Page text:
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Chapter 21: The Living Sea

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If anything draws people to the sea—to walk beside its shores, ride along its surface, or plunge into its depths—surely it must be the otherworldly creatures that dwell within it. Part enchanting, part terrifying, the living sea offers an extraterrestrial world on our own planet. Sir Arthur Clarke (1917–2008), creator of numerous fictional extraterrestrial worlds and an avid scuba diver, opined, “No beings from outer space could be more weird than some of the plants and animals that inhabit the oceans of our own world” (Clarke 1960). Indeed, the more we poke, prod, and explore, the weirder the ocean seems: 440-pound jellies with deadly venom, crabs that gather on boiling vents, sea lions that herd oceanic tuna, and octopuses that become friends with humans.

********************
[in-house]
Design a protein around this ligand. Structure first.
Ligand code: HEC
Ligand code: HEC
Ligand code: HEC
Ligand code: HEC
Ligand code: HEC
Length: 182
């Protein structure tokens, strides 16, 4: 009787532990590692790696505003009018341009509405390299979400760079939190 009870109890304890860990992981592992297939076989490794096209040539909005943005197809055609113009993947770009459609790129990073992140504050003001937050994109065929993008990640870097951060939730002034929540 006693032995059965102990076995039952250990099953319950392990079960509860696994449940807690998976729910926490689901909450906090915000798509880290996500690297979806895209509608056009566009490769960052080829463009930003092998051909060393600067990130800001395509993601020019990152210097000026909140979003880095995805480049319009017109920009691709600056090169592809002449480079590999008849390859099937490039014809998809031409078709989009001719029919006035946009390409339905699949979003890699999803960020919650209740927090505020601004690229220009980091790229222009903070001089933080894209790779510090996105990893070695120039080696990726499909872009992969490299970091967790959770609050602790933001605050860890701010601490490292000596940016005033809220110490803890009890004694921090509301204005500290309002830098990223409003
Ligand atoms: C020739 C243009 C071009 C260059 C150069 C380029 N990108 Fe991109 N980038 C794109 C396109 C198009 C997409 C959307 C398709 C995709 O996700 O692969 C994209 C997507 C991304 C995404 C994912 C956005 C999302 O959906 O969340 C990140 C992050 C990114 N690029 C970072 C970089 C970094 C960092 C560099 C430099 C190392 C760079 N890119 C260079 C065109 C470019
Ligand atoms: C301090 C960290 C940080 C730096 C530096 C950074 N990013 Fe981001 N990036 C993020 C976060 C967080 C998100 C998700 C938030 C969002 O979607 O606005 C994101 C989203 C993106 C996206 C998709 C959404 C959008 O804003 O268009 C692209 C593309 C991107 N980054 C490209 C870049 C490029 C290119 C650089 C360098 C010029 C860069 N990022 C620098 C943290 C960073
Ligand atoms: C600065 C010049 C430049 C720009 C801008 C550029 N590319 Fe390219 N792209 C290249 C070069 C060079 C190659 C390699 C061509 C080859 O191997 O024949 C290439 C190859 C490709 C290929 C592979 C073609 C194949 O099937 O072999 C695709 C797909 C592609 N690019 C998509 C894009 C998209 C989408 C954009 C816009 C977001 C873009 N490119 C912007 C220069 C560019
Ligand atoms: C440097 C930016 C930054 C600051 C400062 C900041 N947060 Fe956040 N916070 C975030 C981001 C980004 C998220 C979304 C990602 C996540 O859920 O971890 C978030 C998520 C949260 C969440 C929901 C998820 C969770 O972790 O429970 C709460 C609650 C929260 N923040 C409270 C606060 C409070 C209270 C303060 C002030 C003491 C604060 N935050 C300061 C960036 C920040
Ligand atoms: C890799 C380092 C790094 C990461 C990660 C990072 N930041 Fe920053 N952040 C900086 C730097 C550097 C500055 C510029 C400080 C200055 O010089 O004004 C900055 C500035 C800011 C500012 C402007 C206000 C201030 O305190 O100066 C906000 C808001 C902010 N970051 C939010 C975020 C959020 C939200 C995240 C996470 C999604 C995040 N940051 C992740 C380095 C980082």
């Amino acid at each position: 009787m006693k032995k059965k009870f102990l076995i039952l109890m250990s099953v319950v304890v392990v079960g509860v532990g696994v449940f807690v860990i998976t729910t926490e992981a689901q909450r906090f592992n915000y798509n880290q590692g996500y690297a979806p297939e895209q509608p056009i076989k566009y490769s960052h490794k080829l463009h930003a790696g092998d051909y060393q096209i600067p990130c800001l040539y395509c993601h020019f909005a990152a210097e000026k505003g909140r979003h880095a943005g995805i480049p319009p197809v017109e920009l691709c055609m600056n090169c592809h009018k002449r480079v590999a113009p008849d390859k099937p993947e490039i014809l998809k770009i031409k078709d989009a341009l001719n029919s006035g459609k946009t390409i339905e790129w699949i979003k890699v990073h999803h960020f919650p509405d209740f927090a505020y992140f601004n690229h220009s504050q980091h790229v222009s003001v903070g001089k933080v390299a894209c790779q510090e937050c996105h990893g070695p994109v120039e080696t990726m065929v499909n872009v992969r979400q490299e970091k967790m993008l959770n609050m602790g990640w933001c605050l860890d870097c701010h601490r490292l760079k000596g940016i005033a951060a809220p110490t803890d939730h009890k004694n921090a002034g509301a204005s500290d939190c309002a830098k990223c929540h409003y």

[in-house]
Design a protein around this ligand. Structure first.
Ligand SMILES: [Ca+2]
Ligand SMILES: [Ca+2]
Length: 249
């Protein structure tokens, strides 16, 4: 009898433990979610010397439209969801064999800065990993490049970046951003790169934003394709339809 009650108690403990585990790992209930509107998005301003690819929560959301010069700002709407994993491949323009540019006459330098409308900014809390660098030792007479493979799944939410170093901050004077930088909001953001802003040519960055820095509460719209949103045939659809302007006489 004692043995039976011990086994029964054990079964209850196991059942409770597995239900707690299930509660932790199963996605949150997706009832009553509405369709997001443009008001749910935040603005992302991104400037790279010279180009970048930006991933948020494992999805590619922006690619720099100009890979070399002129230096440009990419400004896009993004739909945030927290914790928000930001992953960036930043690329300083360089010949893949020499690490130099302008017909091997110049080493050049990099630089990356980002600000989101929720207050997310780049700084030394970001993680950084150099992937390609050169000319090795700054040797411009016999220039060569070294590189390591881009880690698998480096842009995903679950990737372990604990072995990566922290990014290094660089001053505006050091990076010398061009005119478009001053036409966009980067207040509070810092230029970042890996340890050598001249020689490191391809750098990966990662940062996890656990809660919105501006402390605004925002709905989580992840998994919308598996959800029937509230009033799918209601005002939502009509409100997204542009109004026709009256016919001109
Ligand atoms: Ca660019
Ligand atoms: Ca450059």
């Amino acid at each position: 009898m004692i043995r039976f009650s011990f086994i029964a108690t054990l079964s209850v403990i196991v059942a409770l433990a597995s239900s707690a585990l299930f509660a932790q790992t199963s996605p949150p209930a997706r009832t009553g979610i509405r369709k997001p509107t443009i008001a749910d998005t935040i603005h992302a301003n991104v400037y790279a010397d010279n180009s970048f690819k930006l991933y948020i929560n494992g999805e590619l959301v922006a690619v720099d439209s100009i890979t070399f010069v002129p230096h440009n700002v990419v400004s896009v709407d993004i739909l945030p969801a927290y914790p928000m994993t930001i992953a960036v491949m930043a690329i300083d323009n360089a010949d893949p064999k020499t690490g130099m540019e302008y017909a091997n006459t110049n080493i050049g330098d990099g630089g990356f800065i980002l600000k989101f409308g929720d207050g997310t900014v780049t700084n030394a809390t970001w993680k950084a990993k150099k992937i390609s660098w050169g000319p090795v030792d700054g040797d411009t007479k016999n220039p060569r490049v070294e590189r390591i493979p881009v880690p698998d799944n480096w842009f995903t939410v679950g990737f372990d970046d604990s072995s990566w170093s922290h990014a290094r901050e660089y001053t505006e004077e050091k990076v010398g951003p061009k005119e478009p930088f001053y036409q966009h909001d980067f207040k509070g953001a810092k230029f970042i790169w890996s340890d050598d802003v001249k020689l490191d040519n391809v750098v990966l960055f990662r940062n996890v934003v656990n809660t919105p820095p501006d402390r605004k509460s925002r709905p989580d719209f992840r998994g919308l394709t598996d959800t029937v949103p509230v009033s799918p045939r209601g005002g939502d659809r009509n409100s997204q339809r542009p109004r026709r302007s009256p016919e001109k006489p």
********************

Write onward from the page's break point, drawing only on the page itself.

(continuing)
With much of the ocean unexplored—especially midwater and abyssal regions—it should come as no surprise that we continue to make new discoveries on every expedition. Yet in recent decades oceanographers haven’t had to travel too far to make the most startling of discoveries. By probing the genetic makeup of the “invisible” life-forms in seawater—the microbes—a world beyond our imagination has been discovered. Microbes trade molecules, team up to work, sport enormous metabolic toolboxes, thrive everywhere, and are possibly more diverse than all other marine life-forms combined. What’s more, a good percentage of them are completely new to science, life-forms only recently discovered in the ocean. Our newfound understanding of the importance of viruses in the ocean, our increased recognition of the role of diverse feeding modes, and an emerging perspective of the ocean as a microbial network that responds holistically to changes in the environment—a microbial interactome—have radically changed our view of the ocean in just a few decades.